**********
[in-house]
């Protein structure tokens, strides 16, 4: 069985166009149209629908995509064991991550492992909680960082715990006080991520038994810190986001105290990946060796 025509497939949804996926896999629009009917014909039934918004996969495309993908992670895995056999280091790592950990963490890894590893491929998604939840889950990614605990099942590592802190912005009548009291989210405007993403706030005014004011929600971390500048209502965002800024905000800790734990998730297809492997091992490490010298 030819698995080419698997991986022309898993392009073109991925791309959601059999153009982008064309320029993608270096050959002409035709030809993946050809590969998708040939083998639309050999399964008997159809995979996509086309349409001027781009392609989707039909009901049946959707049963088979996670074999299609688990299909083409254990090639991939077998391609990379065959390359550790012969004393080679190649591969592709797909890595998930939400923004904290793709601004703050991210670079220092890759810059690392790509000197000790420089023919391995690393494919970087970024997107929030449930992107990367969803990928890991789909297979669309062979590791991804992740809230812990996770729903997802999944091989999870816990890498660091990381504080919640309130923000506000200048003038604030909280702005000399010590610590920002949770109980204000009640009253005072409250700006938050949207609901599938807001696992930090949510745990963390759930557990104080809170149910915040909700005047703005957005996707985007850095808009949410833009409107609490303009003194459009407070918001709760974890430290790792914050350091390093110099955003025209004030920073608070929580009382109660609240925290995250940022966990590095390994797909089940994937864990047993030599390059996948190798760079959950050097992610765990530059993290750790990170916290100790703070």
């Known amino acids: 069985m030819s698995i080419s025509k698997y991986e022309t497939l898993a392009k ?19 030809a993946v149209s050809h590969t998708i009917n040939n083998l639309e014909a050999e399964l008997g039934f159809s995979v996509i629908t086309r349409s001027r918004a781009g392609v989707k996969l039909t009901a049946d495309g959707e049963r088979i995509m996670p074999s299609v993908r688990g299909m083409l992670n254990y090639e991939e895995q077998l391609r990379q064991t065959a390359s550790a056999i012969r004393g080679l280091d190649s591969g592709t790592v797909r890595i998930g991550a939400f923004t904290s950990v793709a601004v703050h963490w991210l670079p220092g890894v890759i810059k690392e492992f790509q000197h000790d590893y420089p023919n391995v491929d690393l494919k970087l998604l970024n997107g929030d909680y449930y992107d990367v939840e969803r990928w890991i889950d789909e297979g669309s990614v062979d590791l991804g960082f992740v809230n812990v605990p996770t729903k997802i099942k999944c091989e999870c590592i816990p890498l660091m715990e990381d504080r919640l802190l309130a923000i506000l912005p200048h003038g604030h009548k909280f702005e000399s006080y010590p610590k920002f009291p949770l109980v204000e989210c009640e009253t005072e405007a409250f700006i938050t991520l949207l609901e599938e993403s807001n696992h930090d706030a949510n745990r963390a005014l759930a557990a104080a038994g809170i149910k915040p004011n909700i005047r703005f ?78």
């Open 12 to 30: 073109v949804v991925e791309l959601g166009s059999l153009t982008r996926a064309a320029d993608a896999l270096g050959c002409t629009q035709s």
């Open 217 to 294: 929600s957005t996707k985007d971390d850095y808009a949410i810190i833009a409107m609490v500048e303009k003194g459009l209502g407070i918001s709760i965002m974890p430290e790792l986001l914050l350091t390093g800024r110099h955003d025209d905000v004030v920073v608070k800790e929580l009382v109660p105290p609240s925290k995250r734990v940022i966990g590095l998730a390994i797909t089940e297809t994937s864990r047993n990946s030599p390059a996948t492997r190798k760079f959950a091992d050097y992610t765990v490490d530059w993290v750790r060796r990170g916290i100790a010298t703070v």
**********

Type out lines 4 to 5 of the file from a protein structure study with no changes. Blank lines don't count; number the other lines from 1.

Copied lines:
């Open 12 to 30: 073109v949804v991925e791309l959601g166009s059999l153009t982008r996926a064309a320029d993608a896999l270096g050959c002409t629009q035709s």
């Open 217 to 294: 929600s957005t996707k985007d971390d850095y808009a949410i810190i833009a409107m609490v500048e303009k003194g459009l209502g407070i918001s709760i965002m974890p430290e790792l986001l914050l350091t390093g800024r110099h955003d025209d905000v004030v920073v608070k800790e929580l009382v109660p105290p609240s925290k995250r734990v940022i966990g590095l998730a390994i797909t089940e297809t994937s864990r047993n990946s030599p390059a996948t492997r190798k760079f959950a091992d050097y992610t765990v490490d530059w993290v750790r060796r990170g916290i100790a010298t703070v």